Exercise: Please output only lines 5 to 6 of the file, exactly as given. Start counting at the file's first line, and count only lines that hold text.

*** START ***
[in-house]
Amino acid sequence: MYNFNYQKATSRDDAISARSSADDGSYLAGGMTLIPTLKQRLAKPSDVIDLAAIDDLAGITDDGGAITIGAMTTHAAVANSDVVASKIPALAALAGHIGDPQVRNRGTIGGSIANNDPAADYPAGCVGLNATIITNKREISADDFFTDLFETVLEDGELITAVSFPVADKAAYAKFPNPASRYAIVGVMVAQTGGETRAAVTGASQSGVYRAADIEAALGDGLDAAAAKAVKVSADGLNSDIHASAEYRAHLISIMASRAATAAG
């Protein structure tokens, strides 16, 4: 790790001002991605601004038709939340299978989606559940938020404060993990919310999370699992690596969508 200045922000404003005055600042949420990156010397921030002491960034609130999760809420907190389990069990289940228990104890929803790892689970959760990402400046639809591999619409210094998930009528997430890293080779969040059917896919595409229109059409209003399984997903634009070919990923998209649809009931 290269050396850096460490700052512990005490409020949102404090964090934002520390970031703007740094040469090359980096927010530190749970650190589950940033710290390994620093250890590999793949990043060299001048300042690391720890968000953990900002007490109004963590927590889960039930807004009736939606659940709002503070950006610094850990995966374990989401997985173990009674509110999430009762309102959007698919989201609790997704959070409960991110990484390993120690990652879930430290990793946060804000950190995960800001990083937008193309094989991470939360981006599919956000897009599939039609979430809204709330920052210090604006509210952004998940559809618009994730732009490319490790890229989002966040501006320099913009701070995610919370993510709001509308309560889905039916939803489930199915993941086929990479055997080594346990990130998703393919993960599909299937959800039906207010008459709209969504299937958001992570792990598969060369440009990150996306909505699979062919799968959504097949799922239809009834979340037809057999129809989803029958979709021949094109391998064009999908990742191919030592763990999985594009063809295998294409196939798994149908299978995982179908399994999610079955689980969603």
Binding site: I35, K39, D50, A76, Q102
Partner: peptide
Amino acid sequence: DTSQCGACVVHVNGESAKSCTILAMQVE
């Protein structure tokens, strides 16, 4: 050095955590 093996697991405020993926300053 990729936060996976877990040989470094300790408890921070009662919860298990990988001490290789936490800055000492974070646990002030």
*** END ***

Partner: peptide
Amino acid sequence: DTSQCGACVVHVNGESAKSCTILAMQVE